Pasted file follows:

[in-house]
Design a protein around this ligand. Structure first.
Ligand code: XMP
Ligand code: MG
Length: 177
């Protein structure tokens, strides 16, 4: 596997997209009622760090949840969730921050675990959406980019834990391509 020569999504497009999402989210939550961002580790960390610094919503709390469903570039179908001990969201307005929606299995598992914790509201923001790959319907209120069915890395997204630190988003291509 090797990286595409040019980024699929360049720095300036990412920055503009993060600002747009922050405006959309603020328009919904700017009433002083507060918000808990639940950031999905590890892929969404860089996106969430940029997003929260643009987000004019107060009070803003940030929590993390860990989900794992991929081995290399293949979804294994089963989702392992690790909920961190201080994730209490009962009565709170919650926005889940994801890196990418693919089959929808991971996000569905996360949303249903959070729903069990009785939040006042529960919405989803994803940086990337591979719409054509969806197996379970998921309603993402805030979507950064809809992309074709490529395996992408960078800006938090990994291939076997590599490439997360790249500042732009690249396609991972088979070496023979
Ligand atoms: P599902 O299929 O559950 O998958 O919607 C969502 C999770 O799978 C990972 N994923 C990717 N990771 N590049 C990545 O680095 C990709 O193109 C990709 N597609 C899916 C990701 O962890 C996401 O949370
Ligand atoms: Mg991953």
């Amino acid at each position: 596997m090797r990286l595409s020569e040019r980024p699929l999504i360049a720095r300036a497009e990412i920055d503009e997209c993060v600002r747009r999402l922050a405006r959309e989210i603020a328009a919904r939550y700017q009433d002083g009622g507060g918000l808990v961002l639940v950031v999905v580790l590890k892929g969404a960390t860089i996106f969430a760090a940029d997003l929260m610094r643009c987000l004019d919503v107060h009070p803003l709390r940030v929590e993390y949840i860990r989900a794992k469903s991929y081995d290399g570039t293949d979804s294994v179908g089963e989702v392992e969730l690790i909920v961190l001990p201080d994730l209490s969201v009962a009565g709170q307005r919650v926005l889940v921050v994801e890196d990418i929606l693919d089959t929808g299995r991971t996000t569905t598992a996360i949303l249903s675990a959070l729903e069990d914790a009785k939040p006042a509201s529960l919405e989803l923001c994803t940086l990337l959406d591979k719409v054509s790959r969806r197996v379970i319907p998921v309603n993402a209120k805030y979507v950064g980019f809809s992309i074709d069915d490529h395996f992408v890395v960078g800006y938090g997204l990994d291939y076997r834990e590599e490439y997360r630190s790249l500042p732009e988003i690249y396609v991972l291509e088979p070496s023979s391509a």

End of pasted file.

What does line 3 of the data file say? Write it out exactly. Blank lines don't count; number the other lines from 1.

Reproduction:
Ligand code: XMP